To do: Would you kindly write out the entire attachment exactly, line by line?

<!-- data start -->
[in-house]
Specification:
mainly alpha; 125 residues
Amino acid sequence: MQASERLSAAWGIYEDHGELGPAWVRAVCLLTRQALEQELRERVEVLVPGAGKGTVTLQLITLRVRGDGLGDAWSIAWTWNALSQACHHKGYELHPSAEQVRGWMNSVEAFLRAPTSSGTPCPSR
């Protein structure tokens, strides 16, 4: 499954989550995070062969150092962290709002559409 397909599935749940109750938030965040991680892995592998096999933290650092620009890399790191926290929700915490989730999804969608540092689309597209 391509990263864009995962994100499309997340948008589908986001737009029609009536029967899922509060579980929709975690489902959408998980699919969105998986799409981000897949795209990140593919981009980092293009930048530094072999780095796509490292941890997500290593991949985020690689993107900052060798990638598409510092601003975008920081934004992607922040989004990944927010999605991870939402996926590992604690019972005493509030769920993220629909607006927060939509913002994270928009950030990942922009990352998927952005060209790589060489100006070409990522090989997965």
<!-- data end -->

[in-house]
Specification:
mainly alpha; 125 residues
Amino acid sequence: MQASERLSAAWGIYEDHGELGPAWVRAVCLLTRQALEQELRERVEVLVPGAGKGTVTLQLITLRVRGDGLGDAWSIAWTWNALSQACHHKGYELHPSAEQVRGWMNSVEAFLRAPTSSGTPCPSR
């Protein structure tokens, strides 16, 4: 499954989550995070062969150092962290709002559409 397909599935749940109750938030965040991680892995592998096999933290650092620009890399790191926290929700915490989730999804969608540092689309597209 391509990263864009995962994100499309997340948008589908986001737009029609009536029967899922509060579980929709975690489902959408998980699919969105998986799409981000897949795209990140593919981009980092293009930048530094072999780095796509490292941890997500290593991949985020690689993107900052060798990638598409510092601003975008920081934004992607922040989004990944927010999605991870939402996926590992604690019972005493509030769920993220629909607006927060939509913002994270928009950030990942922009990352998927952005060209790589060489100006070409990522090989997965």